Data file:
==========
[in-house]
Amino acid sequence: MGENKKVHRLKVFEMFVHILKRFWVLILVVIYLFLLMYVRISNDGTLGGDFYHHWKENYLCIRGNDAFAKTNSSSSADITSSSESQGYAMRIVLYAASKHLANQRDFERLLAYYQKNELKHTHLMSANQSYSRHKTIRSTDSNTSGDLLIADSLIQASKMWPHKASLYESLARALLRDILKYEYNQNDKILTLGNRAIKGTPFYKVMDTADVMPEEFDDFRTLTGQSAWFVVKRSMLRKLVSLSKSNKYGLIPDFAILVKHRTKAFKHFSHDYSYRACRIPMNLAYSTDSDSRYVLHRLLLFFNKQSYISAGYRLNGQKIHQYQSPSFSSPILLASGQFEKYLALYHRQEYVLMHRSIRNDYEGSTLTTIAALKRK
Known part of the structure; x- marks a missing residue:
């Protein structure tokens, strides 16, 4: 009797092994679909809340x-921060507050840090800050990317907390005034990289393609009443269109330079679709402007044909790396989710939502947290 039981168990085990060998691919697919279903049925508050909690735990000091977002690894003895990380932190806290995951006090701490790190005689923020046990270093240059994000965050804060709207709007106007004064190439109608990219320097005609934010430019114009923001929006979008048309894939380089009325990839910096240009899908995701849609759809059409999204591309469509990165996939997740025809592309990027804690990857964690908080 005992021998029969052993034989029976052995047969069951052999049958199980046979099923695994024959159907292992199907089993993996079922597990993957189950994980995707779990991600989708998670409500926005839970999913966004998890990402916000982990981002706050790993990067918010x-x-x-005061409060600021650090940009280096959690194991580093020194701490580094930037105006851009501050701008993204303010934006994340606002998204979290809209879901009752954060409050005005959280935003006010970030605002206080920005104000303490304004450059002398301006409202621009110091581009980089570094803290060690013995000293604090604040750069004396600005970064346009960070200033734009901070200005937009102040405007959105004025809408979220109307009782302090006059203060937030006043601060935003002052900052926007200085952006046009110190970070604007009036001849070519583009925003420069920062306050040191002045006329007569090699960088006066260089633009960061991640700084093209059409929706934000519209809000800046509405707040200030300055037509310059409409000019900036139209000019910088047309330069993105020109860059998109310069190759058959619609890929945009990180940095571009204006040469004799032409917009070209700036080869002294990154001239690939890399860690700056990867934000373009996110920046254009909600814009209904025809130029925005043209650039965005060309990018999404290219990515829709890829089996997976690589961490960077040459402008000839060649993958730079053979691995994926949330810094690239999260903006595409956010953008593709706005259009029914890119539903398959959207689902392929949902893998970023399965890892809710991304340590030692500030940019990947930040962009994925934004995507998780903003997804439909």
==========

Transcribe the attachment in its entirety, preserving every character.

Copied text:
[in-house]
Amino acid sequence: MGENKKVHRLKVFEMFVHILKRFWVLILVVIYLFLLMYVRISNDGTLGGDFYHHWKENYLCIRGNDAFAKTNSSSSADITSSSESQGYAMRIVLYAASKHLANQRDFERLLAYYQKNELKHTHLMSANQSYSRHKTIRSTDSNTSGDLLIADSLIQASKMWPHKASLYESLARALLRDILKYEYNQNDKILTLGNRAIKGTPFYKVMDTADVMPEEFDDFRTLTGQSAWFVVKRSMLRKLVSLSKSNKYGLIPDFAILVKHRTKAFKHFSHDYSYRACRIPMNLAYSTDSDSRYVLHRLLLFFNKQSYISAGYRLNGQKIHQYQSPSFSSPILLASGQFEKYLALYHRQEYVLMHRSIRNDYEGSTLTTIAALKRK
Known part of the structure; x- marks a missing residue:
């Protein structure tokens, strides 16, 4: 009797092994679909809340x-921060507050840090800050990317907390005034990289393609009443269109330079679709402007044909790396989710939502947290 039981168990085990060998691919697919279903049925508050909690735990000091977002690894003895990380932190806290995951006090701490790190005689923020046990270093240059994000965050804060709207709007106007004064190439109608990219320097005609934010430019114009923001929006979008048309894939380089009325990839910096240009899908995701849609759809059409999204591309469509990165996939997740025809592309990027804690990857964690908080 005992021998029969052993034989029976052995047969069951052999049958199980046979099923695994024959159907292992199907089993993996079922597990993957189950994980995707779990991600989708998670409500926005839970999913966004998890990402916000982990981002706050790993990067918010x-x-x-005061409060600021650090940009280096959690194991580093020194701490580094930037105006851009501050701008993204303010934006994340606002998204979290809209879901009752954060409050005005959280935003006010970030605002206080920005104000303490304004450059002398301006409202621009110091581009980089570094803290060690013995000293604090604040750069004396600005970064346009960070200033734009901070200005937009102040405007959105004025809408979220109307009782302090006059203060937030006043601060935003002052900052926007200085952006046009110190970070604007009036001849070519583009925003420069920062306050040191002045006329007569090699960088006066260089633009960061991640700084093209059409929706934000519209809000800046509405707040200030300055037509310059409409000019900036139209000019910088047309330069993105020109860059998109310069190759058959619609890929945009990180940095571009204006040469004799032409917009070209700036080869002294990154001239690939890399860690700056990867934000373009996110920046254009909600814009209904025809130029925005043209650039965005060309990018999404290219990515829709890829089996997976690589961490960077040459402008000839060649993958730079053979691995994926949330810094690239999260903006595409956010953008593709706005259009029914890119539903398959959207689902392929949902893998970023399965890892809710991304340590030692500030940019990947930040962009994925934004995507998780903003997804439909």